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admitted appear appointed assessed associate became believe born Brother cause changes Charles Chief Justice close common Concord conferred constitution court death died Donovan duties early entered especially evidence existence expression fact father followed force formed friends gave George give graduated Hampshire hand heart held honorable hope influence interest Judge Carpenter judgment judicial jurors jury knew known labor later lawyer living Manchester manner March Mason matters meeting memory mind nature never occasion opinion party passed persons plaintiffs political Portsmouth position practice present president profession professional question reason remark remedy remember respect result Rolfe rule seemed senate sense Smith strong successful term thought tion town trial young
Page 356 - Leaves have their time to fall, And flowers to wither at the north wind's breath, And stars to set, but all — Thou hast all seasons for thine own, O Death...
Page 326 - Most men indeed as well as most sects in Religion think themselves in possession of all truth and that wherever others differ from them it is so far error. Steele, a Protestant, in a Dedication, tells the Pope that the only difference between our Churches in their opinions of the certainty of their doctrines is, the Church of Rome is infallible and the Church of England is never in the wrong.
Page 321 - Judicial power, as contradistinguished from the power of the laws, has no existence. Courts are the mere instruments of the law, and can will nothing. When they are said to exercise a discretion it is a mere legal discretion, a discretion to be exercised in discerning the course prescribed by law ; and when that is discerned it is the duty of the Court to follow it. Judicial power is never exercised for the purpose of giving effect to the will of...
Page 312 - It is essential to the preservation of the rights of every individual, his life, liberty, property and character, that there be an impartial interpretation of the laws and administration of justice. It is the right of every citizen to be tried by judges as free, impartial and independent, as the lot of humanity will admit.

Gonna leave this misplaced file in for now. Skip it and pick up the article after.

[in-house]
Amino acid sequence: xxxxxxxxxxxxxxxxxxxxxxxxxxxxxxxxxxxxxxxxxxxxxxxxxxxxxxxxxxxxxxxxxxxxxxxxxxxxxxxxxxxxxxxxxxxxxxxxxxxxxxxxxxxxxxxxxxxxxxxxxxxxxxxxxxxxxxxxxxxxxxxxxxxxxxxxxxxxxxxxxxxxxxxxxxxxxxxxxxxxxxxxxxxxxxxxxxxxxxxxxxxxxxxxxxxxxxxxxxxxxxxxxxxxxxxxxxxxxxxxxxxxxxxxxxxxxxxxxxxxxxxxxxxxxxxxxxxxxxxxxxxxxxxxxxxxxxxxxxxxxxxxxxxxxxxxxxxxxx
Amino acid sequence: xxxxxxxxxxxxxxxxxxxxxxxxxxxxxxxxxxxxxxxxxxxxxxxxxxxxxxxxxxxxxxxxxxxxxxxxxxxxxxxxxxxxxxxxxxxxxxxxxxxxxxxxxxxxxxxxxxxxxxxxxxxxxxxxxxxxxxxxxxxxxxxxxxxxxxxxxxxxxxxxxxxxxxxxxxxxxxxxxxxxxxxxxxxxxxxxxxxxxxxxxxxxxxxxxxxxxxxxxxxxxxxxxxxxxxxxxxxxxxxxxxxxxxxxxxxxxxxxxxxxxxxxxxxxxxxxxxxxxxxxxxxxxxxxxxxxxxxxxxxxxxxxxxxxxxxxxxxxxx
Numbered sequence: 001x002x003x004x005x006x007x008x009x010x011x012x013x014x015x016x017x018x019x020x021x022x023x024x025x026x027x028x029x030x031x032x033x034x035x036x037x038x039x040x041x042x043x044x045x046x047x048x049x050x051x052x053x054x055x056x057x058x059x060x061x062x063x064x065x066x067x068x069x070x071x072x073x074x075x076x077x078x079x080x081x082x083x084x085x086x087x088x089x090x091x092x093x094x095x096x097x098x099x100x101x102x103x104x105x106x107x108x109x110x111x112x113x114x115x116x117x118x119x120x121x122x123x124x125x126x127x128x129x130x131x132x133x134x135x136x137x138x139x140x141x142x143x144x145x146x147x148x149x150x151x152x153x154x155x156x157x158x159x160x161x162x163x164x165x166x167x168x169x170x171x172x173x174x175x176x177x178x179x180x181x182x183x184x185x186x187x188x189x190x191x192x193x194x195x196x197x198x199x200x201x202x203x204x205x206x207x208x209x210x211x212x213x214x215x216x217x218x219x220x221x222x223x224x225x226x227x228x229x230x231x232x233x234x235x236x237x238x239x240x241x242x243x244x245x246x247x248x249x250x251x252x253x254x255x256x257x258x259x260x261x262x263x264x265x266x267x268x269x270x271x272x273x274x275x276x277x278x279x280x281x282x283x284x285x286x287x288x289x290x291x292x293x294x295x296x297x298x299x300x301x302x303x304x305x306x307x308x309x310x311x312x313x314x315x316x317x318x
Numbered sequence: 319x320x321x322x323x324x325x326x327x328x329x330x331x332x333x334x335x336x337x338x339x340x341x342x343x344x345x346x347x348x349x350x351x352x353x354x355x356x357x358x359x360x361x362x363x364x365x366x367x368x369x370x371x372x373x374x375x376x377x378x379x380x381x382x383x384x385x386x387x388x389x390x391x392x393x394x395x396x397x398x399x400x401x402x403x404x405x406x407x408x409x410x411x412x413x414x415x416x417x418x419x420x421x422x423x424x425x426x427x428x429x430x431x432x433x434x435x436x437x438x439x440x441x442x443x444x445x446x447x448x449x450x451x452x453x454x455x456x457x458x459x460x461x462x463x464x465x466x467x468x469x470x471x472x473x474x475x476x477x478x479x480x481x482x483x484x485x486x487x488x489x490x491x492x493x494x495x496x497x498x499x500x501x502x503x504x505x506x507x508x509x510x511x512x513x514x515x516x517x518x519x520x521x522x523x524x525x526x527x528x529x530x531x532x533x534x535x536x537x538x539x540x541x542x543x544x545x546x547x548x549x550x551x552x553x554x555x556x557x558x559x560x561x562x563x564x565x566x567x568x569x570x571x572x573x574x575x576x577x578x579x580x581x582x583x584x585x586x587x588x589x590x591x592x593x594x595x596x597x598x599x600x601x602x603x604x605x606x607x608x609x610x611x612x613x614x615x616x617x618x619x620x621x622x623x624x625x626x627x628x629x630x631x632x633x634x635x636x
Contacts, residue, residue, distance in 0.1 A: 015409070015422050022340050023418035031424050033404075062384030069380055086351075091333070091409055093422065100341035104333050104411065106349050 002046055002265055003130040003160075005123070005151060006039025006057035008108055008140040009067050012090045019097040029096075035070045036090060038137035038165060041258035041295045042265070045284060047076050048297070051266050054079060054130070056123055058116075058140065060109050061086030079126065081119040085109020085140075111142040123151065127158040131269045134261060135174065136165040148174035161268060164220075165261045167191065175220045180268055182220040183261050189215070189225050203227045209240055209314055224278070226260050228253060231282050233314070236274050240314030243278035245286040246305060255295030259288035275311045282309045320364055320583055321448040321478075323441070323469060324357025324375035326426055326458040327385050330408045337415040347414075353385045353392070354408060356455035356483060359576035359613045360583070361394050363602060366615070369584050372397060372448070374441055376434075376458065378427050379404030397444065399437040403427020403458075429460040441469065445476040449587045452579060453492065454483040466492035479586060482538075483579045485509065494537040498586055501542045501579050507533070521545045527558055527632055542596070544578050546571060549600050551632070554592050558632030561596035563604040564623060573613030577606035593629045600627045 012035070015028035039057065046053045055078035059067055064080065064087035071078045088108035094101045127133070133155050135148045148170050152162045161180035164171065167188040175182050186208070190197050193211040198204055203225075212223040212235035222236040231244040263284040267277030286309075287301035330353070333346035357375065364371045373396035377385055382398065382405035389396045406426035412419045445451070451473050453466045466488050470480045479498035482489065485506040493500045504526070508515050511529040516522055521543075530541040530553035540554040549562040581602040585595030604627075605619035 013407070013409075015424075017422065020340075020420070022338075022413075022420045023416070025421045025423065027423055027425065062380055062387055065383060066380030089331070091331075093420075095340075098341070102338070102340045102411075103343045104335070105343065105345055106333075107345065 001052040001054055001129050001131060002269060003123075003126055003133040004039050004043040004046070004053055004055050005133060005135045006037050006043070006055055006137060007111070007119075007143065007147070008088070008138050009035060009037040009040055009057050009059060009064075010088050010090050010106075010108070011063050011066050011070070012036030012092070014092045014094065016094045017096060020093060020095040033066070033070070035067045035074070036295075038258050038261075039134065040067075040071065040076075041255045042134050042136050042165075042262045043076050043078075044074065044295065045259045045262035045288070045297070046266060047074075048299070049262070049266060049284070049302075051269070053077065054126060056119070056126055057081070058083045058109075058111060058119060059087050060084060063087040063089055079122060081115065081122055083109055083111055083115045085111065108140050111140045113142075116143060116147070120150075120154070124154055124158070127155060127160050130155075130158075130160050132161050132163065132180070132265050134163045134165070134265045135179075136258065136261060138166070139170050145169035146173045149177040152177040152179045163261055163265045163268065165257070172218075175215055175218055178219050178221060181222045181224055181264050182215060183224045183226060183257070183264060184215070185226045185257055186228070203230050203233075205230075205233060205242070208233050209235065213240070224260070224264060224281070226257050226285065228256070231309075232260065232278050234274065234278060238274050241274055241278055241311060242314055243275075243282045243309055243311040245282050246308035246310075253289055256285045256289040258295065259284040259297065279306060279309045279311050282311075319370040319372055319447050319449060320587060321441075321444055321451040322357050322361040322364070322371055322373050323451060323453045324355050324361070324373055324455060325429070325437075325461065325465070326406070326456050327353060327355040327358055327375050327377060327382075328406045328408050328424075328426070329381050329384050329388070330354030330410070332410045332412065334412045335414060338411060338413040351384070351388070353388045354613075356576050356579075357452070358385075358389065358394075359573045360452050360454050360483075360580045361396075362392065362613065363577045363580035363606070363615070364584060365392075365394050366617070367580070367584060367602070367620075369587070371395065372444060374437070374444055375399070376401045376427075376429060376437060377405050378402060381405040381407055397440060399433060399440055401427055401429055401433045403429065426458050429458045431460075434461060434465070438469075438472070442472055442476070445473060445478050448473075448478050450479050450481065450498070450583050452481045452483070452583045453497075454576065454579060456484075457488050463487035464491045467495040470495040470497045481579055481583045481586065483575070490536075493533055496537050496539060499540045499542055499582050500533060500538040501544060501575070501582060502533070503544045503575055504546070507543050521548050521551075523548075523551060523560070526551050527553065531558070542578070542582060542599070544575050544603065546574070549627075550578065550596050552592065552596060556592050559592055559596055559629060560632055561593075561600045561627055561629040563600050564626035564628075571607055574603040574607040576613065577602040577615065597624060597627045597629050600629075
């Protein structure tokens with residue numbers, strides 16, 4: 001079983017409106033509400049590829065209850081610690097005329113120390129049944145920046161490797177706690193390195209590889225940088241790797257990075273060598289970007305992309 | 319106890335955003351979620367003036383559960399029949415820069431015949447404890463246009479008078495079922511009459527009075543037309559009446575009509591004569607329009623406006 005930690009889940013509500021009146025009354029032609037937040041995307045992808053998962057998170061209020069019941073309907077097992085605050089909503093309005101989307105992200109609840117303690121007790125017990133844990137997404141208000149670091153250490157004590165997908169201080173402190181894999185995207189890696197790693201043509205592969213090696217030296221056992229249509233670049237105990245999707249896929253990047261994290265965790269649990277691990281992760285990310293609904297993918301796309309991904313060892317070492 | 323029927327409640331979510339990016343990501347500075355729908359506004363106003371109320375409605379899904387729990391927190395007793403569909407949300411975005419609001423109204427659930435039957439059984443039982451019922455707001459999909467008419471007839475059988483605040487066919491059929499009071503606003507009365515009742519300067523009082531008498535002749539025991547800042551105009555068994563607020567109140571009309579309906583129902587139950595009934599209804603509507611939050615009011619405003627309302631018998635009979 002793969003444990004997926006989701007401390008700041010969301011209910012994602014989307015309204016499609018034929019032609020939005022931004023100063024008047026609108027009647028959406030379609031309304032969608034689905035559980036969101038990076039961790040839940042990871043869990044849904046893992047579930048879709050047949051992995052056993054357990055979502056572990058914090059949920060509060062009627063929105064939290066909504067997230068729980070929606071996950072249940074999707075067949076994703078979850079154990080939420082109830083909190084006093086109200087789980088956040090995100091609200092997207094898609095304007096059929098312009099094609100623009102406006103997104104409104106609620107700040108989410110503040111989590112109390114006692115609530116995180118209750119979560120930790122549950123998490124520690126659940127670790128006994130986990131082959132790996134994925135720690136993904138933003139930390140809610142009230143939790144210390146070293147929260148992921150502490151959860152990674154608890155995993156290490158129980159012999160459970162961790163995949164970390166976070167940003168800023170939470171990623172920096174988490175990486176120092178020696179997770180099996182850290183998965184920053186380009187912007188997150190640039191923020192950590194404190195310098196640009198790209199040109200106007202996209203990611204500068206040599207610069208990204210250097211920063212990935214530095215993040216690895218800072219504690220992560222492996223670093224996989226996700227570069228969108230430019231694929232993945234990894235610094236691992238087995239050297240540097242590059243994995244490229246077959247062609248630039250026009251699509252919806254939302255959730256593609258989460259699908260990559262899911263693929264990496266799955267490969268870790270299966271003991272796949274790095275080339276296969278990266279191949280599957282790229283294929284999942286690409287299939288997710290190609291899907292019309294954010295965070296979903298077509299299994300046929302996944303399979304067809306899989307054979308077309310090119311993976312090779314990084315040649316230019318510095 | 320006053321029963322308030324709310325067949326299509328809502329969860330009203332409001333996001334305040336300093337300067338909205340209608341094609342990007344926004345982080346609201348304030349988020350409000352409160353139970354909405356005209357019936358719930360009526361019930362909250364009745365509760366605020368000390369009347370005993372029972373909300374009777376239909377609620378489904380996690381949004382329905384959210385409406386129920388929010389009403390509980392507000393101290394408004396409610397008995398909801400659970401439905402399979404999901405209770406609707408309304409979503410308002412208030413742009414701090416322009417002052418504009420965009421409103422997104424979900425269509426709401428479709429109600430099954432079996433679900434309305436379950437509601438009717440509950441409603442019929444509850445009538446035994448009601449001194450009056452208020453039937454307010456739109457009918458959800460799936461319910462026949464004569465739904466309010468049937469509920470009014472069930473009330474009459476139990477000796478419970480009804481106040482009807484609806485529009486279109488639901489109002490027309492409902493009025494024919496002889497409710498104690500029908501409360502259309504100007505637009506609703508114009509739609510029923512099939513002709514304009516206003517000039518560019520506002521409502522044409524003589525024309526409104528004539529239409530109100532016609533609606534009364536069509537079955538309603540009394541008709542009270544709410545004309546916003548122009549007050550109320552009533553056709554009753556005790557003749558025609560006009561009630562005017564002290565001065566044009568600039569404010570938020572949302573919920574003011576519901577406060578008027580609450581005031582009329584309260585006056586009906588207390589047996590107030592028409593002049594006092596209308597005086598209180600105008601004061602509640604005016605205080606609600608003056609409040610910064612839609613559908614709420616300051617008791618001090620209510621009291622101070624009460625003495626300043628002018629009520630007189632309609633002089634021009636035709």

Page 359 - And the stately ships go on To their haven under the hill ; But oh for the touch of a vanished hand, And the sound of a voice that is still...
Page 319 - As a general rule, when a duty is at the proper time asked to be done, and improperly refused to be done, the right to compel it to be done is fixed, and is not destroyed by the lapse of the time within which in the first place the duty ought to have been done.
Page 363 - I have asked that dreadful question of the hills that look eternal — of the clear streams that flow forever— of the stars among whose fields of azure my raised spirit has walked in glory.
Page 316 - ... of nations, Joseph Story was destined by Providence to act, and did act, an important part. Acknowledging, as we all acknowledge, our obligations to the original sources of English law, as well as of civil liberty, we have seen in our generation copious and salutary streams turning and running backward, replenishing their original fountains, and giving a fresher and a brighter green to the fields of English jurisprudence.
Page 326 - For having lived long, I have experienced many instances of being obliged by better information or fuller consideration to change opinions even on important subjects, which I once thought right, but found to be otherwise. It is therefore that the older I grow, the more apt I am to doubt my own judgment, and to pay more respect to the judgment of others.